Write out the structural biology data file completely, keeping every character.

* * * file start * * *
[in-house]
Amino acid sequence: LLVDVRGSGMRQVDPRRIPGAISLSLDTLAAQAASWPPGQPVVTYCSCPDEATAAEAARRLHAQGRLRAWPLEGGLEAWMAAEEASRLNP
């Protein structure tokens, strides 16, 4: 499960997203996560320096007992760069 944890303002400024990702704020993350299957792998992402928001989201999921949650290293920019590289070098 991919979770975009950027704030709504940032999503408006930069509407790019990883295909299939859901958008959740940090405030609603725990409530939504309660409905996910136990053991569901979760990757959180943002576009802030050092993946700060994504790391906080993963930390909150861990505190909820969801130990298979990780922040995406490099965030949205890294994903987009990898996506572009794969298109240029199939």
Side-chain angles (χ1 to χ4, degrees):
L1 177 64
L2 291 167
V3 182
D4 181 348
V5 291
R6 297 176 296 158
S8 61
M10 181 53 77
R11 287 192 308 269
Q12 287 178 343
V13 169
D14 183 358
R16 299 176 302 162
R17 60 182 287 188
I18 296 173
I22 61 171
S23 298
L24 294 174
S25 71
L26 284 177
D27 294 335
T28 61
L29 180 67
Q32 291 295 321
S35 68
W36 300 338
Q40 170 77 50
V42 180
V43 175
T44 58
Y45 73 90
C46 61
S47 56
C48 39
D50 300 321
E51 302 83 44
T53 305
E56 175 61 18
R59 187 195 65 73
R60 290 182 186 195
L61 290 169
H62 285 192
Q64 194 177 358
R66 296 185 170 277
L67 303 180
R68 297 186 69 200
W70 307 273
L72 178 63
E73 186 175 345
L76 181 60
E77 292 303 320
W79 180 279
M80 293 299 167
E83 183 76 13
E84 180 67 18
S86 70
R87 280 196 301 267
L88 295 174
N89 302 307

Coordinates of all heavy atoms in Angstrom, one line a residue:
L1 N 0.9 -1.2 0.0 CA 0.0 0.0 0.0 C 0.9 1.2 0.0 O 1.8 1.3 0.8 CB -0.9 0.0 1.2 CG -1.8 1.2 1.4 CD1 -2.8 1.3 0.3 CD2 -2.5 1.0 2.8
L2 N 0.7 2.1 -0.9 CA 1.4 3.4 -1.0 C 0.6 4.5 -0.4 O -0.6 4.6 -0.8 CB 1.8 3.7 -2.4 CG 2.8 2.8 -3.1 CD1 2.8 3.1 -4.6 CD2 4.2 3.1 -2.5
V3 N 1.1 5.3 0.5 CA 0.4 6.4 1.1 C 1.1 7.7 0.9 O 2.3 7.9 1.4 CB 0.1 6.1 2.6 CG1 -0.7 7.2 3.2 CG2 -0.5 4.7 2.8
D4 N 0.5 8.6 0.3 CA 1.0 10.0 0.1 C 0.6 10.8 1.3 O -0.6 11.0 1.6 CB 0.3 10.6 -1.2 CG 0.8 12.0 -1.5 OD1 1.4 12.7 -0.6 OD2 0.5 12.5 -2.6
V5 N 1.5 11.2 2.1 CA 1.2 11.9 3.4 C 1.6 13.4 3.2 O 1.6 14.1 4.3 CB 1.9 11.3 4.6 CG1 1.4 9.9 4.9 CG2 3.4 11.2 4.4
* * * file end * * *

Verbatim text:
[in-house]
Amino acid sequence: LLVDVRGSGMRQVDPRRIPGAISLSLDTLAAQAASWPPGQPVVTYCSCPDEATAAEAARRLHAQGRLRAWPLEGGLEAWMAAEEASRLNP
């Protein structure tokens, strides 16, 4: 499960997203996560320096007992760069 944890303002400024990702704020993350299957792998992402928001989201999921949650290293920019590289070098 991919979770975009950027704030709504940032999503408006930069509407790019990883295909299939859901958008959740940090405030609603725990409530939504309660409905996910136990053991569901979760990757959180943002576009802030050092993946700060994504790391906080993963930390909150861990505190909820969801130990298979990780922040995406490099965030949205890294994903987009990898996506572009794969298109240029199939």
Side-chain angles (χ1 to χ4, degrees):
L1 177 64
L2 291 167
V3 182
D4 181 348
V5 291
R6 297 176 296 158
S8 61
M10 181 53 77
R11 287 192 308 269
Q12 287 178 343
V13 169
D14 183 358
R16 299 176 302 162
R17 60 182 287 188
I18 296 173
I22 61 171
S23 298
L24 294 174
S25 71
L26 284 177
D27 294 335
T28 61
L29 180 67
Q32 291 295 321
S35 68
W36 300 338
Q40 170 77 50
V42 180
V43 175
T44 58
Y45 73 90
C46 61
S47 56
C48 39
D50 300 321
E51 302 83 44
T53 305
E56 175 61 18
R59 187 195 65 73
R60 290 182 186 195
L61 290 169
H62 285 192
Q64 194 177 358
R66 296 185 170 277
L67 303 180
R68 297 186 69 200
W70 307 273
L72 178 63
E73 186 175 345
L76 181 60
E77 292 303 320
W79 180 279
M80 293 299 167
E83 183 76 13
E84 180 67 18
S86 70
R87 280 196 301 267
L88 295 174
N89 302 307

Coordinates of all heavy atoms in Angstrom, one line a residue:
L1 N 0.9 -1.2 0.0 CA 0.0 0.0 0.0 C 0.9 1.2 0.0 O 1.8 1.3 0.8 CB -0.9 0.0 1.2 CG -1.8 1.2 1.4 CD1 -2.8 1.3 0.3 CD2 -2.5 1.0 2.8
L2 N 0.7 2.1 -0.9 CA 1.4 3.4 -1.0 C 0.6 4.5 -0.4 O -0.6 4.6 -0.8 CB 1.8 3.7 -2.4 CG 2.8 2.8 -3.1 CD1 2.8 3.1 -4.6 CD2 4.2 3.1 -2.5
V3 N 1.1 5.3 0.5 CA 0.4 6.4 1.1 C 1.1 7.7 0.9 O 2.3 7.9 1.4 CB 0.1 6.1 2.6 CG1 -0.7 7.2 3.2 CG2 -0.5 4.7 2.8
D4 N 0.5 8.6 0.3 CA 1.0 10.0 0.1 C 0.6 10.8 1.3 O -0.6 11.0 1.6 CB 0.3 10.6 -1.2 CG 0.8 12.0 -1.5 OD1 1.4 12.7 -0.6 OD2 0.5 12.5 -2.6
V5 N 1.5 11.2 2.1 CA 1.2 11.9 3.4 C 1.6 13.4 3.2 O 1.6 14.1 4.3 CB 1.9 11.3 4.6 CG1 1.4 9.9 4.9 CG2 3.4 11.2 4.4